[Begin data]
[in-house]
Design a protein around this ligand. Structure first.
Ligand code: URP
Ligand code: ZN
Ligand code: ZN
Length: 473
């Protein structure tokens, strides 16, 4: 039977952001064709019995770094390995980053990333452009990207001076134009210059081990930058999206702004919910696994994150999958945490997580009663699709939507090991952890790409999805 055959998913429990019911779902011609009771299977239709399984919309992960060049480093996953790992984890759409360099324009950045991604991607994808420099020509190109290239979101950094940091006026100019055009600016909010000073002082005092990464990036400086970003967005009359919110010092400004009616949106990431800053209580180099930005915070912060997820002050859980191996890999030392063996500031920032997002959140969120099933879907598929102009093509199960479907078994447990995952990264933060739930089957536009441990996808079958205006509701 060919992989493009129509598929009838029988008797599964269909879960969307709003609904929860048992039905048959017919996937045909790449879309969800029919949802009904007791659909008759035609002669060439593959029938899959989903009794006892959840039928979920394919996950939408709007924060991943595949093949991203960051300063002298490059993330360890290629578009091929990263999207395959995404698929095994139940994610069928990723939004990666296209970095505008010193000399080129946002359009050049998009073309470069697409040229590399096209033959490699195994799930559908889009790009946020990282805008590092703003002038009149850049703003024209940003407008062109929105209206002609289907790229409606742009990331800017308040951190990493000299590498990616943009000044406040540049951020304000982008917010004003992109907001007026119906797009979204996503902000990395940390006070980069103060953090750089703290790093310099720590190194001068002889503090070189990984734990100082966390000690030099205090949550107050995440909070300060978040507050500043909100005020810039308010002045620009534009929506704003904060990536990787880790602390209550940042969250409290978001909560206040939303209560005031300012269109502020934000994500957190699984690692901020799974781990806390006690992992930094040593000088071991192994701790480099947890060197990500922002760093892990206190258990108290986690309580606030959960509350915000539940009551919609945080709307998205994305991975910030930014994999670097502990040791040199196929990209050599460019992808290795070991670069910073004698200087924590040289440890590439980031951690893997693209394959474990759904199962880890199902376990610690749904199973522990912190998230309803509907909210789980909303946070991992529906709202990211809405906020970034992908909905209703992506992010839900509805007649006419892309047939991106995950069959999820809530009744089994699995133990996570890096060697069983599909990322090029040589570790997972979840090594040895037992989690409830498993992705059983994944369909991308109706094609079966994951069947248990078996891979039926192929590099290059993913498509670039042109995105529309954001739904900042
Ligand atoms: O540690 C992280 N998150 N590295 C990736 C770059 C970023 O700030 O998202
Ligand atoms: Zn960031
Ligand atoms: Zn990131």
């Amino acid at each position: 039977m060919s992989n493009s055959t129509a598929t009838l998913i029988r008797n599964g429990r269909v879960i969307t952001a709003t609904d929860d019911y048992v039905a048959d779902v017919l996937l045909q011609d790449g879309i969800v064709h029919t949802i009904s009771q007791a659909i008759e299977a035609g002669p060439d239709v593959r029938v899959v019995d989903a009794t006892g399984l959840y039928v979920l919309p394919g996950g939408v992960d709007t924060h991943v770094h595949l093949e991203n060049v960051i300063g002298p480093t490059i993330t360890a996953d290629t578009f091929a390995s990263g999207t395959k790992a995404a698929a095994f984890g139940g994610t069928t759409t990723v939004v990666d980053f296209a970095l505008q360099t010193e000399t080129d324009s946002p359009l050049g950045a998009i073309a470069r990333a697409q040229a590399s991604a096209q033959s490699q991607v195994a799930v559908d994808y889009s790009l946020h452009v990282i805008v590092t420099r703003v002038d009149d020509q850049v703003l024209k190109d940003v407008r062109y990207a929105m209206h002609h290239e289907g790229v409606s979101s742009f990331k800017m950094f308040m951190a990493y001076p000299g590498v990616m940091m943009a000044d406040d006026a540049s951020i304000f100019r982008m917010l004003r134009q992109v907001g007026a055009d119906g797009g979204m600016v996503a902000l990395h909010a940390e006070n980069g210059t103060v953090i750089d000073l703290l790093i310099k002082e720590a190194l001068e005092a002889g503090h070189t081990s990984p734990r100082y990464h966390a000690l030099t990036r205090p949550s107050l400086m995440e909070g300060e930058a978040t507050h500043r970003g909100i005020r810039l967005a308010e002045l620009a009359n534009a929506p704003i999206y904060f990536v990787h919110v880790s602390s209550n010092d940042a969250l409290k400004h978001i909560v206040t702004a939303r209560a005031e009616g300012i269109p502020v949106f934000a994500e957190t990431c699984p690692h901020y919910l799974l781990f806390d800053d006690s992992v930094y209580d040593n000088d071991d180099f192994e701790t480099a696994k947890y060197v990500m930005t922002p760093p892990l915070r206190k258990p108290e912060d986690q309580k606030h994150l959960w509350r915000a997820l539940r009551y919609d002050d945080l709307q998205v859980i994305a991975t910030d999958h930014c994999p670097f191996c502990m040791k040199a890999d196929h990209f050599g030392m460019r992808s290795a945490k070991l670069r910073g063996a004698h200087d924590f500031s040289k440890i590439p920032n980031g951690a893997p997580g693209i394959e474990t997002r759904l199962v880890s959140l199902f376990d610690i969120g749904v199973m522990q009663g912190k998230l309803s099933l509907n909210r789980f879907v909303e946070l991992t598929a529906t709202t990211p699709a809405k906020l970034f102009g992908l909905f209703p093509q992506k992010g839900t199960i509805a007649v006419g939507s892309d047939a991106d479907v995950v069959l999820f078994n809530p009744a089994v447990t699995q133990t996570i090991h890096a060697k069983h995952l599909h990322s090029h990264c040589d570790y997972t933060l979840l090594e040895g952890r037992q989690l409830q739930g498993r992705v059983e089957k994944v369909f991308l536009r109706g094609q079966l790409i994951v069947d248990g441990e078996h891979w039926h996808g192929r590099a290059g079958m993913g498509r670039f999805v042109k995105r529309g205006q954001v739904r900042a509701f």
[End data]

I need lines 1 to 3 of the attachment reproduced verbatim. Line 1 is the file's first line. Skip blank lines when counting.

[in-house]
Design a protein around this ligand. Structure first.
Ligand code: URP